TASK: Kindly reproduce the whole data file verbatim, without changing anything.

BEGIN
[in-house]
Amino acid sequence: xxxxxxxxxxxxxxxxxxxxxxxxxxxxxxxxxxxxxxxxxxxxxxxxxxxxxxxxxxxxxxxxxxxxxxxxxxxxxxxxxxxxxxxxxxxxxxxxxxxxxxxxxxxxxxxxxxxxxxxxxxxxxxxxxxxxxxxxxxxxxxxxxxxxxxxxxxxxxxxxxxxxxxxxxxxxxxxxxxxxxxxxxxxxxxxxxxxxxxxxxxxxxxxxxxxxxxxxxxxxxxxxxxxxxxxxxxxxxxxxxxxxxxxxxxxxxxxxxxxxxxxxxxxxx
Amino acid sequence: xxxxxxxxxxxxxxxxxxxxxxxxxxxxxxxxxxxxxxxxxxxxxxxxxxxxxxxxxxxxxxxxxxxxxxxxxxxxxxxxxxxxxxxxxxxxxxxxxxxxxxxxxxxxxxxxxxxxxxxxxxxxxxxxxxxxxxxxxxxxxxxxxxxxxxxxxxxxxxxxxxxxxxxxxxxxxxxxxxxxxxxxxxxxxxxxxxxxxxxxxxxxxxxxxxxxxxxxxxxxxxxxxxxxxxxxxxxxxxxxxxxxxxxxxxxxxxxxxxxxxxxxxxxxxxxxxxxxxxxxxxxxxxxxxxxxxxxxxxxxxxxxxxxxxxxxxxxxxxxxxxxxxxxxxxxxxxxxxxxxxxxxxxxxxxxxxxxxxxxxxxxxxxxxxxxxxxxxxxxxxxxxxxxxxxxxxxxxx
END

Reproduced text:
[in-house]
Amino acid sequence: xxxxxxxxxxxxxxxxxxxxxxxxxxxxxxxxxxxxxxxxxxxxxxxxxxxxxxxxxxxxxxxxxxxxxxxxxxxxxxxxxxxxxxxxxxxxxxxxxxxxxxxxxxxxxxxxxxxxxxxxxxxxxxxxxxxxxxxxxxxxxxxxxxxxxxxxxxxxxxxxxxxxxxxxxxxxxxxxxxxxxxxxxxxxxxxxxxxxxxxxxxxxxxxxxxxxxxxxxxxxxxxxxxxxxxxxxxxxxxxxxxxxxxxxxxxxxxxxxxxxxxxxxxxxx
Amino acid sequence: xxxxxxxxxxxxxxxxxxxxxxxxxxxxxxxxxxxxxxxxxxxxxxxxxxxxxxxxxxxxxxxxxxxxxxxxxxxxxxxxxxxxxxxxxxxxxxxxxxxxxxxxxxxxxxxxxxxxxxxxxxxxxxxxxxxxxxxxxxxxxxxxxxxxxxxxxxxxxxxxxxxxxxxxxxxxxxxxxxxxxxxxxxxxxxxxxxxxxxxxxxxxxxxxxxxxxxxxxxxxxxxxxxxxxxxxxxxxxxxxxxxxxxxxxxxxxxxxxxxxxxxxxxxxxxxxxxxxxxxxxxxxxxxxxxxxxxxxxxxxxxxxxxxxxxxxxxxxxxxxxxxxxxxxxxxxxxxxxxxxxxxxxxxxxxxxxxxxxxxxxxxxxxxxxxxxxxxxxxxxxxxxxxxxxxxxxxxxx